Objective 3 Accomplishments/Milestones: In 2004, the bait sampling method was further developed by examining the relationship between this method and the considerably more time consuming standard soil sampling method. Studies are being conducted to identify the conditions under which the bait sampling method works best in order to develop specific guidelines for the use of the bait sampling method by growers, researchers and private industry.

Objective 4 Accomplishments/Milestones: The experimental plots for this objective have been identified. Crops will be planted and evaluated in the spring of 2005.

Objective 5 Accomplishments/Milestones: Information concerning the biology, ecology and management of garden symphylans was disseminated through a number of avenues including grower field days, grower and research meetings and featured articles in newsletters. Current work is underway to develop a garden symphylan website, which will include information for growers, private industry and researchers.

Impacts and Contributions/Outcomes

Continued development of the bait sampling method has led to increasing confidence in this method. This method has been adopted on a trial basis by a number of growers, researchers and private industry members. Further work with this method, including continued evaluation by end users, will aid in developing specific guidelines for this method, such as timing, number of samples and interpretation of sampling results. Reliable and economic sampling methods allow growers and private industry to make informed management decisions (e.g. intensity of tillage, pesticide applications, crop selection), and to evaluate the effects of management operations on garden symphylan populations. Continued crop rotation research (i.e. crop suitability for garden symphylan population development) will provide growers a management tactic to decrease garden symphylan populations.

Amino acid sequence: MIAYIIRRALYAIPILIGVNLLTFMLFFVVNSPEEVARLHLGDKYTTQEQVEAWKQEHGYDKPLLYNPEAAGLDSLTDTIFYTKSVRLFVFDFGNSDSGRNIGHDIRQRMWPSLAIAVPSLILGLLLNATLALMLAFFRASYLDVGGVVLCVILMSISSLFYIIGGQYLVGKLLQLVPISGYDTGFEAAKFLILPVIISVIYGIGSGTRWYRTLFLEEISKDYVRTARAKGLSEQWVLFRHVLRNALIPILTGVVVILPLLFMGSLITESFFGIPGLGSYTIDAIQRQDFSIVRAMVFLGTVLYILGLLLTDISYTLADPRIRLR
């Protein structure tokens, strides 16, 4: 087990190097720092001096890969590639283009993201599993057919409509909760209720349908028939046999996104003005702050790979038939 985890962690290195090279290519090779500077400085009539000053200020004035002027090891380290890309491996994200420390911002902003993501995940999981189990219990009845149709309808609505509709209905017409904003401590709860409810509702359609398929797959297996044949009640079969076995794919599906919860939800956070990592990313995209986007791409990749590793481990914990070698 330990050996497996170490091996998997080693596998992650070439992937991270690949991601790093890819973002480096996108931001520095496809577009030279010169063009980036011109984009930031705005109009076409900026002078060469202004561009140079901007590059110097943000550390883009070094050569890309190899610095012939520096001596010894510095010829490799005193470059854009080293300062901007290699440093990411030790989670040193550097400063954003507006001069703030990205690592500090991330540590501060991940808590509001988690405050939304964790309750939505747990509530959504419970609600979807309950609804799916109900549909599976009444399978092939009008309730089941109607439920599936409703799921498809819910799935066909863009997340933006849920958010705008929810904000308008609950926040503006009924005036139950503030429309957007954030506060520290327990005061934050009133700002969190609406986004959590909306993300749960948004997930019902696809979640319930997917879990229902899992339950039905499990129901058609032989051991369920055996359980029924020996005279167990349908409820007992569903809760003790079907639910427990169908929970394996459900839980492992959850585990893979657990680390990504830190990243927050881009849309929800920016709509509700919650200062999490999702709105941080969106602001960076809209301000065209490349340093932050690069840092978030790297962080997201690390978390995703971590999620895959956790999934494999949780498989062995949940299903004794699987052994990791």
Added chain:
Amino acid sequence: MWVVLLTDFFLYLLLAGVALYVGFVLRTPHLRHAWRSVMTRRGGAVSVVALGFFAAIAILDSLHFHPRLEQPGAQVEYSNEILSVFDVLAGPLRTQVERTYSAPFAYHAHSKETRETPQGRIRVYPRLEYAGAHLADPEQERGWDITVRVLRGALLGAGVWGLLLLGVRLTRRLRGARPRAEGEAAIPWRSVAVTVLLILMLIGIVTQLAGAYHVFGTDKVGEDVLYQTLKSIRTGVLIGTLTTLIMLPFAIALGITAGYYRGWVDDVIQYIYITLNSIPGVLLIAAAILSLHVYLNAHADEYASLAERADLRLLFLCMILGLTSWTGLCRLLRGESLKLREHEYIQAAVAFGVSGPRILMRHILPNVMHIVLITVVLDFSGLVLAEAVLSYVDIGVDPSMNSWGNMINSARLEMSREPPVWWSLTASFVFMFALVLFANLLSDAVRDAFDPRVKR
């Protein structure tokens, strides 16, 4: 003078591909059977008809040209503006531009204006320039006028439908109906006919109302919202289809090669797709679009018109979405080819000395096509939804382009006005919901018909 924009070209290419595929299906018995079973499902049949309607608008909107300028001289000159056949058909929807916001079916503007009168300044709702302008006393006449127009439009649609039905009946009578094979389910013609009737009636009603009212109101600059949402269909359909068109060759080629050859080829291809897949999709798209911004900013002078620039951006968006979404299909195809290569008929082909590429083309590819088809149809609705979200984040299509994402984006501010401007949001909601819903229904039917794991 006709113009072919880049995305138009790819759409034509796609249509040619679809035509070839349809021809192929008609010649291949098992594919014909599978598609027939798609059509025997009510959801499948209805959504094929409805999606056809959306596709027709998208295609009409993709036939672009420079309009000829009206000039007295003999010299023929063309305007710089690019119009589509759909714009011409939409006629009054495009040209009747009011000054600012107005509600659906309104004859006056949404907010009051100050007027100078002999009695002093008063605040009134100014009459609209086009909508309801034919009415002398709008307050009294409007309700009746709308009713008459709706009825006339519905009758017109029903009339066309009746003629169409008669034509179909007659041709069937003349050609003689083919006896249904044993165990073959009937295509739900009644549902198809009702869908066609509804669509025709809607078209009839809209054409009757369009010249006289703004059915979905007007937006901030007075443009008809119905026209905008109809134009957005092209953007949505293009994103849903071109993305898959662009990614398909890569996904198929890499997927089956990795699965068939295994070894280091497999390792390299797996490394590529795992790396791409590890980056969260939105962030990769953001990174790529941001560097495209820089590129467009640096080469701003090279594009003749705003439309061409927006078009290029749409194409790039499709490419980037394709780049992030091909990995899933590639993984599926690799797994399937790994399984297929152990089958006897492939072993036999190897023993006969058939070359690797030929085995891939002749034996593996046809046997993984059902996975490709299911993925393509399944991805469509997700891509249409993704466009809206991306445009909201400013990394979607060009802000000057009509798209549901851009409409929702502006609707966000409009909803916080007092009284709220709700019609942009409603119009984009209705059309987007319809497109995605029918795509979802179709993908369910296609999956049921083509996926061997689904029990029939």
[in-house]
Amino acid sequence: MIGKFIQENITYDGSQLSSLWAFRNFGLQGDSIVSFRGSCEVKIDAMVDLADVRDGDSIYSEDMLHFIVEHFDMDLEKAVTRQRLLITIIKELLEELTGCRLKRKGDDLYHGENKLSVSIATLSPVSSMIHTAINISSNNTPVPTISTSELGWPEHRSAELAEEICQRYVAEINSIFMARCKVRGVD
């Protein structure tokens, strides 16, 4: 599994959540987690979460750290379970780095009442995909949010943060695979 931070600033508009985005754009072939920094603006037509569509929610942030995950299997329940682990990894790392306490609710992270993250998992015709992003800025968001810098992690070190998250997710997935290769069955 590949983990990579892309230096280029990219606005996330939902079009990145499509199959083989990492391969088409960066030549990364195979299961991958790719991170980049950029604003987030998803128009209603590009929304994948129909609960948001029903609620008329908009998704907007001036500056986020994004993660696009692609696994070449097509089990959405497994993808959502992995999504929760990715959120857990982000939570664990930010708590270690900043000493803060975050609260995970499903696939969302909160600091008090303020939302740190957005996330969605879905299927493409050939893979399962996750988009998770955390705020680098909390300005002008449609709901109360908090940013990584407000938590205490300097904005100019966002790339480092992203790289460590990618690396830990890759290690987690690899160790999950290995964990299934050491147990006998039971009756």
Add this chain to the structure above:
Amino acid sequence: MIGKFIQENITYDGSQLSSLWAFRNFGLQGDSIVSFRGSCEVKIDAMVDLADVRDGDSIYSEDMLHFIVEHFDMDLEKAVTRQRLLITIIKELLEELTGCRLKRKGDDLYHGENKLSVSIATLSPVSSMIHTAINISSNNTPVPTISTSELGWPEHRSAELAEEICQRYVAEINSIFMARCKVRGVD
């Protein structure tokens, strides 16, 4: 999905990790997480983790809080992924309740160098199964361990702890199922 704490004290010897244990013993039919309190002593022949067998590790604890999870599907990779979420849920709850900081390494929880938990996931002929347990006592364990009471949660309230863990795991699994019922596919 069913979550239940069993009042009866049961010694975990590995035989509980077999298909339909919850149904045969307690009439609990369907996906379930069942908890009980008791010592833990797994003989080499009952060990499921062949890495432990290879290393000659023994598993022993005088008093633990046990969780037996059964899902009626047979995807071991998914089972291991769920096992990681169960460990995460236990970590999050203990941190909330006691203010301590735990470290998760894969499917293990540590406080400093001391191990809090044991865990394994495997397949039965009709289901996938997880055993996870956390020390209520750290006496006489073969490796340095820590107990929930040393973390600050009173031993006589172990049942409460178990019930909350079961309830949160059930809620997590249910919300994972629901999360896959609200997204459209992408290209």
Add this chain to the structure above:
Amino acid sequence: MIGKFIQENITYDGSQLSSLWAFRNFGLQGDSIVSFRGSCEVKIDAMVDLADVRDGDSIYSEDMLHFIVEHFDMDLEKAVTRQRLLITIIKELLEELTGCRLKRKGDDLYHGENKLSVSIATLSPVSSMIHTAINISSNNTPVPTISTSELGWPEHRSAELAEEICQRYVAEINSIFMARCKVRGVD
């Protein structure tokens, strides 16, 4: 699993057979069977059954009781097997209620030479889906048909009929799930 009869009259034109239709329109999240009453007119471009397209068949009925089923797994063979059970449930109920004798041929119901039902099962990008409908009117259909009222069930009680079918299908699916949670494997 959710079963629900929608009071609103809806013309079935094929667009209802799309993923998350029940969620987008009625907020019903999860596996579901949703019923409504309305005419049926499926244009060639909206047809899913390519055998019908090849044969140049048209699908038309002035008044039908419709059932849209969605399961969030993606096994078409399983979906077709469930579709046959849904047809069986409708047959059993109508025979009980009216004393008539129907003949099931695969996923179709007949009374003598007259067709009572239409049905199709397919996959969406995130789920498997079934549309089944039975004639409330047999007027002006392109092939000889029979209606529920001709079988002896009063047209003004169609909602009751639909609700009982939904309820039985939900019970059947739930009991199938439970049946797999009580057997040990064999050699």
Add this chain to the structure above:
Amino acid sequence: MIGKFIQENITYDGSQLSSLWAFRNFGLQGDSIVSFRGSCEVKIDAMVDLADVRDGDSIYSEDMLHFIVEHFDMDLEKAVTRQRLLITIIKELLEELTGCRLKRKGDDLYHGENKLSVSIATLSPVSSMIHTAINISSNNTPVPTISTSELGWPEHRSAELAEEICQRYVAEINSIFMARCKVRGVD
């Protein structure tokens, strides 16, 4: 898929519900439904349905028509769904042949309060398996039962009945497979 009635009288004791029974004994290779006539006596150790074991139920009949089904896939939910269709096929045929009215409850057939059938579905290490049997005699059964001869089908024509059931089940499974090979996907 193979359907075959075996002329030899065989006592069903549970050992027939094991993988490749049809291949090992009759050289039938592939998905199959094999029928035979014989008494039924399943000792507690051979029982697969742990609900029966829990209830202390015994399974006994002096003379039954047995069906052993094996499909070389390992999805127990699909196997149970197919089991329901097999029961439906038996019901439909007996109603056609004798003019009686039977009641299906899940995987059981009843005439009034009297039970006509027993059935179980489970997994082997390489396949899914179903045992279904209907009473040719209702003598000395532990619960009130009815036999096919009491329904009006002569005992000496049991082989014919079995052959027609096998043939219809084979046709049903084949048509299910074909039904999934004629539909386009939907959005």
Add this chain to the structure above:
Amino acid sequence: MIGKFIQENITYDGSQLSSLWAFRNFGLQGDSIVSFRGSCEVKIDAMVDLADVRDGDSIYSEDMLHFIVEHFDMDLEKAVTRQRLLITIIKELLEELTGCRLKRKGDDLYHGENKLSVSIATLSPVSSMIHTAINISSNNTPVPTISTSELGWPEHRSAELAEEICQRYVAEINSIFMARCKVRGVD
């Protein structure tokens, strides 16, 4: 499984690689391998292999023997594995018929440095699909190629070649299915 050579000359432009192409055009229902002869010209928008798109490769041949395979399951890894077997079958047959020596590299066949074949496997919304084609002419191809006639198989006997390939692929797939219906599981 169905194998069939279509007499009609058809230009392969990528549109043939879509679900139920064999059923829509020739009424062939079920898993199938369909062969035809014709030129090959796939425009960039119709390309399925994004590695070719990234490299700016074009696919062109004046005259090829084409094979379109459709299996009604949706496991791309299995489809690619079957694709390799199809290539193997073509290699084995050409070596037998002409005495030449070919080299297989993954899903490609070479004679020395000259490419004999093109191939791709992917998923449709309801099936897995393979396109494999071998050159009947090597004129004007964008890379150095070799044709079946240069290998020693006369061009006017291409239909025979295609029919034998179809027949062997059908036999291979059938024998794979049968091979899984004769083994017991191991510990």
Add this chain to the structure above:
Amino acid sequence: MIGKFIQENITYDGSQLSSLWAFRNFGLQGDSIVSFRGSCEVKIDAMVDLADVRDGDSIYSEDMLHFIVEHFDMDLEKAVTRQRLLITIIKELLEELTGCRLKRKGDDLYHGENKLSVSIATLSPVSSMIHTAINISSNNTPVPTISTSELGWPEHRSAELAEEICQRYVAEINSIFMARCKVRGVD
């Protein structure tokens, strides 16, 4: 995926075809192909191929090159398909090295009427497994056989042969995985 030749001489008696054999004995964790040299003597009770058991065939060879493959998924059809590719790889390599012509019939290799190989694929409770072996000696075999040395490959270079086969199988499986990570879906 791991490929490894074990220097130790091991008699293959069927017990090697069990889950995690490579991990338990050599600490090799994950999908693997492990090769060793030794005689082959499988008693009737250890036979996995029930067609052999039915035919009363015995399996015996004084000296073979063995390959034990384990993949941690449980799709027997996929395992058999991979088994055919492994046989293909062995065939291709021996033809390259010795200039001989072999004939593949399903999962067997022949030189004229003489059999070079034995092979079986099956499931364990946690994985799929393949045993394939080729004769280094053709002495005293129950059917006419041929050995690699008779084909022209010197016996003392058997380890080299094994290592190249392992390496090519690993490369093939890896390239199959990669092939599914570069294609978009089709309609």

Mendel Friedman
Research Scientist
USDA/ARS Produce Safety and Microbiology Lab.
Western Regional Research Center, 800 Buchanan Str
Albany, CA 94710
Office Phone: 5105595615
Rex Dufour
National Center For Appropriate Technology
California Office
Davis, CA
Office Phone: 5307568518
Jim Leap
Farm Operations Manager
The Center for Agroecology and Sustainable Food Sy
University of California at Santa Cruz
Santa Cruz, CA 95064
Office Phone: 8314593375
Jack Gray
Wintergreen Farms
89762 Poodle Creek Rd
Noti, OR 97461
Office Phone: 5419351920
Mark VanHorn
UC Davis Student Farm
University of California at Davis
Davis, CA 95616
Office Phone: 5307527645
James Todd
Willamette Agricultural Consulting Inc.
7555 Conifer St. NE
Salem, OR 97301
Office Phone: 5033787003
Mike Dickman

Dickman Farms
15829 Mount Angel Scotts Mills Hwy NE
Silverton, OR 97381
Office Phone: 5038456472
Peter Kenagy
Kenagy Farm
1640 NE North Nebergall Loop
Albany, OR 97321
Office Phone: 5419268038
Fisher Glenn
Extension Entomologist
Oregon State University
Department of Crop and Soil Science,
Ag & Life Science 3017
Corvallis, OR 97331
Office Phone: 5417375502
James Fisher
Research Entomologist
USDA/ARS Horticultural Crops Research Laboratory
3420 NW Orchard Ave.
Corvallis, OR 97330
Office Phone: 5417529456
Daniel McGrath
Extension Horticulturist
Oregon State University
Linn Co. Extension Oregon State University 104
4th Street SW
Albany, OR 97321
Office Phone: 5417376278
Tom Denison
Denison Farms
1835 NE Steele Ave
Corvallis, OR 97330
Office Phone: 5417524156
Michelle Vesser

Occidental Arts and Ecology Center
15290 Coleman Valley Road
Occidental, CA 95465